Watch the video above to learn how we’re empowering young people in Africa to go after their dreams, start their own businesses, and succeed — no matter what challenges they may face.
A roadside stand in South Sudan selling soap; an internet start-up in Gaza; a tofu processing plant in Indonesia: The global economy is connected by complex and dynamic markets. Mercy Corps believes in harnessing this inherent power to provide better opportunities for the world’s poor and vulnerable, half of whom live on less than $2/day.
Local communities themselves have the ability to drive this change and no two situations are alike. For this reason, we take a holistic, locally-led approach, working with communities, their systems and structures to build businesses, increase income and improve employment opportunities. Even in the most fragile and informal markets, we focus on intentional, market-based solutions, ones which can succeed and expand long after we’ve left.
Mercy Corps promotes safe, decent and equitable income opportunities for individuals around the world.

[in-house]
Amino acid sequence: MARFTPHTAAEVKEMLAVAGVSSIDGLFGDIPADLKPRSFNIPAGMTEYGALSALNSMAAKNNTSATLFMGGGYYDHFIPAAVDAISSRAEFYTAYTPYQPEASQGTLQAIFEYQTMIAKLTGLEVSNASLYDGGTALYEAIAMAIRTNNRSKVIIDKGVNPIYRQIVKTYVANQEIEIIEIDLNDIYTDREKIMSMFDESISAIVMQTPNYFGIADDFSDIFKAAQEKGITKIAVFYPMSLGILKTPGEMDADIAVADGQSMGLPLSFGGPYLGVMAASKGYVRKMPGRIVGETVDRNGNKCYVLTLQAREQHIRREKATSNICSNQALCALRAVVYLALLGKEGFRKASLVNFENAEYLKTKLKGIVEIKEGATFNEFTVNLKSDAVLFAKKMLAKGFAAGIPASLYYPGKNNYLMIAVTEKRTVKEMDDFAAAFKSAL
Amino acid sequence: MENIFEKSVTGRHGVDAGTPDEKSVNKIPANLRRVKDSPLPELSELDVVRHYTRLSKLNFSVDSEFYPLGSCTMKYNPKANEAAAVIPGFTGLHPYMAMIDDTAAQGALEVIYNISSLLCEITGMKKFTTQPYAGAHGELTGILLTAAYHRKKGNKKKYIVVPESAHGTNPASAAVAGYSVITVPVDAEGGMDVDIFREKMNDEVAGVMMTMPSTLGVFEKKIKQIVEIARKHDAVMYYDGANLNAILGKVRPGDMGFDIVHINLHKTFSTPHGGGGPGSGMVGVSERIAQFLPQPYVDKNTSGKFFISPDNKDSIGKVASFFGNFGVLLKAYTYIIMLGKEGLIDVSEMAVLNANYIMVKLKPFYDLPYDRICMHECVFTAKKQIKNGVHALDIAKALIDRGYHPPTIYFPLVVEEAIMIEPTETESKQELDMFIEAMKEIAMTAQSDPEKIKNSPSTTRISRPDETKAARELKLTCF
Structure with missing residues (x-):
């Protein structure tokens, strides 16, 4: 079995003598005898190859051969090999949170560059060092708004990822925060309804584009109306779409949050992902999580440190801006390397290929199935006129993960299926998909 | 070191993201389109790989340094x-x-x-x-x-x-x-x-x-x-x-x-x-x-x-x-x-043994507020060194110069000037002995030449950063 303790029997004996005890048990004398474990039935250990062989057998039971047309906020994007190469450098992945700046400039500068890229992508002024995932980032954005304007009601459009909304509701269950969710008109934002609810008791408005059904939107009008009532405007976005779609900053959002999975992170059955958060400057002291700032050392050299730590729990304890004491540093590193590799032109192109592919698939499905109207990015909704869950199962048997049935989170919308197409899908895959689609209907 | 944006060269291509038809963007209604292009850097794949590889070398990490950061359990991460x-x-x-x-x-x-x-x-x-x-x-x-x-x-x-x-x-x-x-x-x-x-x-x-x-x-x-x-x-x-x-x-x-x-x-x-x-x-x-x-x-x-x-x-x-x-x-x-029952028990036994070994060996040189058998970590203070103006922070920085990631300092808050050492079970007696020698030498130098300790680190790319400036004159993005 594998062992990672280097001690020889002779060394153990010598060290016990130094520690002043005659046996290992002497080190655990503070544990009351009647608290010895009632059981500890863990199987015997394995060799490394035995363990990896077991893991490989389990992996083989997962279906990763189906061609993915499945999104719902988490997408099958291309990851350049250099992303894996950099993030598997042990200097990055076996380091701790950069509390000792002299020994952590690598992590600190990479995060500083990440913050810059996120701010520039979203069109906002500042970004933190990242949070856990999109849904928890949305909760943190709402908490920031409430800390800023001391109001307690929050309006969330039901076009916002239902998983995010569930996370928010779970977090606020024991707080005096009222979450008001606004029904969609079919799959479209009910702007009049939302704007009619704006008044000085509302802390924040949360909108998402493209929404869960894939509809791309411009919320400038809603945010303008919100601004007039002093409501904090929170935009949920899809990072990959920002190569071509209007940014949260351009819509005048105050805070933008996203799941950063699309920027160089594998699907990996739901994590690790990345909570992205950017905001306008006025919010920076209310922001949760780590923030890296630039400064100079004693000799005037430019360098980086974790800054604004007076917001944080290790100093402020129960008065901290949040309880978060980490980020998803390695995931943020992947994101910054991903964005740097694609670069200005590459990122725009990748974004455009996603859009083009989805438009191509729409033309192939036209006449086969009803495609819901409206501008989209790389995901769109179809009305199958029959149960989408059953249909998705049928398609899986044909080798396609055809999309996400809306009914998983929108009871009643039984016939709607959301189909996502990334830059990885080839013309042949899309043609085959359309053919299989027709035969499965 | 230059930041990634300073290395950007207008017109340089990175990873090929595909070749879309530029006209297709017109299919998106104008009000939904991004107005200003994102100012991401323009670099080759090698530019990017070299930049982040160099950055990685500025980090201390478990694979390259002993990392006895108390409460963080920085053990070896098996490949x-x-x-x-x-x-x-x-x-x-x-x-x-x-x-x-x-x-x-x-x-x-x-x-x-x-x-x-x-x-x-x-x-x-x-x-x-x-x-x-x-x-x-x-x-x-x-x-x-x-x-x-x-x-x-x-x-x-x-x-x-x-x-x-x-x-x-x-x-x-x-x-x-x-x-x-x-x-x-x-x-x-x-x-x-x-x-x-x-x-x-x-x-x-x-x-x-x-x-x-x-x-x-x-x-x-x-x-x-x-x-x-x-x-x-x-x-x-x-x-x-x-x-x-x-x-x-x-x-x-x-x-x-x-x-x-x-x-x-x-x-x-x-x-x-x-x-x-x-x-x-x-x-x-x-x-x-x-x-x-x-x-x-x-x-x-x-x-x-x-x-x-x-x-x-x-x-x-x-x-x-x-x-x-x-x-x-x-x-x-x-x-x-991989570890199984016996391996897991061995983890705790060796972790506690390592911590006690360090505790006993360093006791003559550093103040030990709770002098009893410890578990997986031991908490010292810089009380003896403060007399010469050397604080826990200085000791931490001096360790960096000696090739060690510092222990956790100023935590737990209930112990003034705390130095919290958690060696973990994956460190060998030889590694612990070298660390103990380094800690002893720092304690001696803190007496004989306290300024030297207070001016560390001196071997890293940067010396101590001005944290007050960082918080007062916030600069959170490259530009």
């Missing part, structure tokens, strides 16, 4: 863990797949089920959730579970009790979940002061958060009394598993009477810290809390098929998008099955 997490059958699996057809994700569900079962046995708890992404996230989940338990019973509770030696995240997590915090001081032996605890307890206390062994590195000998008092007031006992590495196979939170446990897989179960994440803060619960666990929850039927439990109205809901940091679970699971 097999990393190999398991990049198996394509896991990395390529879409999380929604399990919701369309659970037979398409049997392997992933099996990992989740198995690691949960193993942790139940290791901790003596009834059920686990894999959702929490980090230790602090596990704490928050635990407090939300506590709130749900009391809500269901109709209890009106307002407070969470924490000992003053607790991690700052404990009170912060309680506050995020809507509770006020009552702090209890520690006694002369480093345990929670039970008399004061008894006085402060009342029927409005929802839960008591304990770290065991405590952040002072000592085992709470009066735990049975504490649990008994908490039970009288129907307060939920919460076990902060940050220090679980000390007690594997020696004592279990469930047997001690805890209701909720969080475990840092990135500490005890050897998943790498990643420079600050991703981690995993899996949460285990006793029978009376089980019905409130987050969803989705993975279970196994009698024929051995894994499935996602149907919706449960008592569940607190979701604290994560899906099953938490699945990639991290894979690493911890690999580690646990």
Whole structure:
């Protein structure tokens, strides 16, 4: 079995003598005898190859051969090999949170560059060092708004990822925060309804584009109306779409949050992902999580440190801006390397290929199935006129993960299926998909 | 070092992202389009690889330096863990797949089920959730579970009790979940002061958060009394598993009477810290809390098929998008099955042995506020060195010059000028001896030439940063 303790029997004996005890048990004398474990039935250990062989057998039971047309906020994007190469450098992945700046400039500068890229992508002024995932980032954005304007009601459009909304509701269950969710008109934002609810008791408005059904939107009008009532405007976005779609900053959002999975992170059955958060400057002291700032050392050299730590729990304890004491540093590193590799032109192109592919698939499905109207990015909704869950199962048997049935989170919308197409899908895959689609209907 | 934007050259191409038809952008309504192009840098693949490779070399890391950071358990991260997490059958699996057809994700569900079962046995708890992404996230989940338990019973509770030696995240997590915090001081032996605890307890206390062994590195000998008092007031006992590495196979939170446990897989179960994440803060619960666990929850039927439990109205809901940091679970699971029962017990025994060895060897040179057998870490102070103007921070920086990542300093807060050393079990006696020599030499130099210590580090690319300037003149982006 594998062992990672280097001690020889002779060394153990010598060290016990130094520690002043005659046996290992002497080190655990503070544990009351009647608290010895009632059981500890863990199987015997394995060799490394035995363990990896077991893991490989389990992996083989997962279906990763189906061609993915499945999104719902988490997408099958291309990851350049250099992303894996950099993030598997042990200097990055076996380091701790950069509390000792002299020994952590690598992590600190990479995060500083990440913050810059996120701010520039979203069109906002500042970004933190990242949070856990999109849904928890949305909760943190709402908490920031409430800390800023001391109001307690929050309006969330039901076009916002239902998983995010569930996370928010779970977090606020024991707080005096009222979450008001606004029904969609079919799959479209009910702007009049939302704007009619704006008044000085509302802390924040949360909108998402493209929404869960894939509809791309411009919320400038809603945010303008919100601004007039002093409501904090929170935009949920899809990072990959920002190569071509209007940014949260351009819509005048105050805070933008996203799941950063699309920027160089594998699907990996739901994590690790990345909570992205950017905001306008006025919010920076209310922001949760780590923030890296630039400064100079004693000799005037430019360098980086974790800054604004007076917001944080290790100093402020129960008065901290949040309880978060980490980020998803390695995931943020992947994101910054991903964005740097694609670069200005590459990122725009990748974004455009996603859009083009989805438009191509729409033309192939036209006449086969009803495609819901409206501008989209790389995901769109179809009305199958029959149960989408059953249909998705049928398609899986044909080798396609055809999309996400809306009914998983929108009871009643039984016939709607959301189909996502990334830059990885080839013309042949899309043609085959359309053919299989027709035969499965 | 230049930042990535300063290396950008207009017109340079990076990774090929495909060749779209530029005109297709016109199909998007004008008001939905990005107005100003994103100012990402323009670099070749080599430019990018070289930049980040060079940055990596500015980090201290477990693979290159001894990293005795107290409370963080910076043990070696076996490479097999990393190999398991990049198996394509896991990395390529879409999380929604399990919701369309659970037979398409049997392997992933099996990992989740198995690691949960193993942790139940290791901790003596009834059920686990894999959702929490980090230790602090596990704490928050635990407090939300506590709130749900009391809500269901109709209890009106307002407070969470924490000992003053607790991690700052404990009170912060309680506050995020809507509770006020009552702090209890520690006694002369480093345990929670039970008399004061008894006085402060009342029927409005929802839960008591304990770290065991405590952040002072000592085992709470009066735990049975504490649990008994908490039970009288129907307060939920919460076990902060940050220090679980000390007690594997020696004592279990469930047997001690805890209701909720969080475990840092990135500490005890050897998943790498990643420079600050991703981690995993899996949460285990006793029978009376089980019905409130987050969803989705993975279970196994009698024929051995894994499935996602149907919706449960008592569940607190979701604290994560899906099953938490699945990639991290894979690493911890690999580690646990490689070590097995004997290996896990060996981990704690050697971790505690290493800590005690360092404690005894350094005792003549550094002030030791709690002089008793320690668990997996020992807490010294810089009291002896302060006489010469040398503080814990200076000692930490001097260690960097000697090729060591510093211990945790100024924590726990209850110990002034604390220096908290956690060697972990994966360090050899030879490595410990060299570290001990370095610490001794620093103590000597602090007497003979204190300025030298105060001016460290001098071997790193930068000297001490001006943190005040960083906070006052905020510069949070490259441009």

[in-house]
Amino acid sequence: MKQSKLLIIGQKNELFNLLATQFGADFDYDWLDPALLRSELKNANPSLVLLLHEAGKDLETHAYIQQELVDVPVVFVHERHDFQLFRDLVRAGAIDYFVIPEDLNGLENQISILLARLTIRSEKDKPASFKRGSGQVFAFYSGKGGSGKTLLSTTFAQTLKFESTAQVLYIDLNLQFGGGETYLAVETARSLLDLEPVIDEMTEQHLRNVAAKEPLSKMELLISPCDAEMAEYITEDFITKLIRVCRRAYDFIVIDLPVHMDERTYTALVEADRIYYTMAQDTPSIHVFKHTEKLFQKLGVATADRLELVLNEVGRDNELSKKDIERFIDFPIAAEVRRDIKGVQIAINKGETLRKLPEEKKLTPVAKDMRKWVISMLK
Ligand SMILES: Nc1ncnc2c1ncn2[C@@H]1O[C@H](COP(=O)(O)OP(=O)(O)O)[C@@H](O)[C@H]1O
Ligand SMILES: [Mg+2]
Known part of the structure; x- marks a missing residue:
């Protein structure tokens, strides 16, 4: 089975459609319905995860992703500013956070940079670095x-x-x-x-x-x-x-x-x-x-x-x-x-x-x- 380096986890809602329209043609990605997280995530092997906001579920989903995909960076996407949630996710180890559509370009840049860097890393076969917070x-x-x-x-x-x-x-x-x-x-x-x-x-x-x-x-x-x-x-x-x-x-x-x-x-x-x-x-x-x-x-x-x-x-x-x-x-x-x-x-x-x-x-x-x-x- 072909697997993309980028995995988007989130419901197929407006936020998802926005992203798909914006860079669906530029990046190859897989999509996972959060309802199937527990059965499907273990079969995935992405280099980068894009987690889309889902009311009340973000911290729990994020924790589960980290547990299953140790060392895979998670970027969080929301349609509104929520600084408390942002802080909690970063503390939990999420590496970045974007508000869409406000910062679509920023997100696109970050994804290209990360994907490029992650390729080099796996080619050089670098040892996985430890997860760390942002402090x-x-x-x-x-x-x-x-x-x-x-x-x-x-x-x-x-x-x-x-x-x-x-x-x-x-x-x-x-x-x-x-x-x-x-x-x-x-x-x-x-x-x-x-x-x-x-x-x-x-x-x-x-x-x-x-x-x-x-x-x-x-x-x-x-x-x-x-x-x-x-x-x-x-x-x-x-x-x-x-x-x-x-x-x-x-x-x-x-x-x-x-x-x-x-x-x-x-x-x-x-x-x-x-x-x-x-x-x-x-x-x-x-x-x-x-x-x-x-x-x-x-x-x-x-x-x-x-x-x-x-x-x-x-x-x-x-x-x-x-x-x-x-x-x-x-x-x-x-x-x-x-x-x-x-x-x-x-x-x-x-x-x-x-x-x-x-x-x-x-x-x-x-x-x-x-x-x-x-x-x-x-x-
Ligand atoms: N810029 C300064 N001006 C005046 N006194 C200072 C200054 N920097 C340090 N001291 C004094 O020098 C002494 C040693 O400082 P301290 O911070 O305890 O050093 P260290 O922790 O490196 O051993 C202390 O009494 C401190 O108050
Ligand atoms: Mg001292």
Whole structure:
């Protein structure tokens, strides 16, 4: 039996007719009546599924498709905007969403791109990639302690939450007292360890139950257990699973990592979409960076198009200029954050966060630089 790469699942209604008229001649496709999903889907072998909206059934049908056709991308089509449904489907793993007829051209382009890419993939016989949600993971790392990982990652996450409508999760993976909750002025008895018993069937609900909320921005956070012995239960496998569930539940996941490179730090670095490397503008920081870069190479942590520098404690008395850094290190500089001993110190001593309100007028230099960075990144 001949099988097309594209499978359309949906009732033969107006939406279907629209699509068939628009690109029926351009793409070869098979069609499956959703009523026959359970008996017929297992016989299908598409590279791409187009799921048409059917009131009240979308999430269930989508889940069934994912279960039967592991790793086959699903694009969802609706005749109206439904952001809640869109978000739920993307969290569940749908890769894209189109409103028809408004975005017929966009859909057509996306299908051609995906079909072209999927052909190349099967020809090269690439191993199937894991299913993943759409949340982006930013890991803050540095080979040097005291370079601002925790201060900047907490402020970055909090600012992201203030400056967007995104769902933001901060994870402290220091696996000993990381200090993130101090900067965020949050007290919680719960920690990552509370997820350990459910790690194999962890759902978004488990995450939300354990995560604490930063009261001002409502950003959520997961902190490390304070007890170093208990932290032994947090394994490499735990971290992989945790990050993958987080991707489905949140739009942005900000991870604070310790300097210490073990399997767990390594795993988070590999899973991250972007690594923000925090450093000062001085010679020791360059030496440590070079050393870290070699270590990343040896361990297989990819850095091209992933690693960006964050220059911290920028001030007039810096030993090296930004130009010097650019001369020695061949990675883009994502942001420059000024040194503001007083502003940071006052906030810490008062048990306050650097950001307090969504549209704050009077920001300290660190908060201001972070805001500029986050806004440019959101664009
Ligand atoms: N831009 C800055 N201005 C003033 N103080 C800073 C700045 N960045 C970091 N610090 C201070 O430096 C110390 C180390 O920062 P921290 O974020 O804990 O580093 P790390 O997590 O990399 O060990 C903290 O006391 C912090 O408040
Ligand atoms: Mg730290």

Forty-two percent of the world is under the age of 25; Mercy Corps tailors employment programming to the unique needs of male and female youth.
All stories about Economic opportunity
West Bank and Gaza: A Growing Despair
Georgia: School Brings Hope to Georgian Village
Kosovo: A liberating chain
Reqane, Kosovo - What do you get when you put together a dairy owner, a veterinary pharmacist and a woman with a cow? A new economy that works.
Mongolia: The Rich Yellow Desert
True Soul Food
Srebrenica, Bosnia and Herzegovina — Omer Spahic's culinary specialty is a savory bean dish called grah. Of all the meals I ate during two weeks in the Balkans, it is quite possibly the best.
The Daughter Also Rises
Doboj, Bosnia and Herzegovina - Selma Samail is a hero. However, when she looks in her hairdressing mirror, she doesn't see it that way at all. Humble and quiet, she only sees a daughter who works hard to support her father, mother and older sister.
Q&A: Restoring Dignity
Nearly a decade ago, Pam Eser was an unsatisfied investment banker on vacation in Vietnam. "I didn't feel like my career was very fulfilling," she says now. She knew the money industry, but wanted to do something to help people who don't have much money.
Lebanon: The Mule Whisperer
Afghanistan: Forsaking the Flower for a More Hopeful Future
As Afghanistan struggles to lift itself from decades of conflict and oppression, a flower threatens to keep its society down.
United States: Reclaiming the U.S. Gulf Coast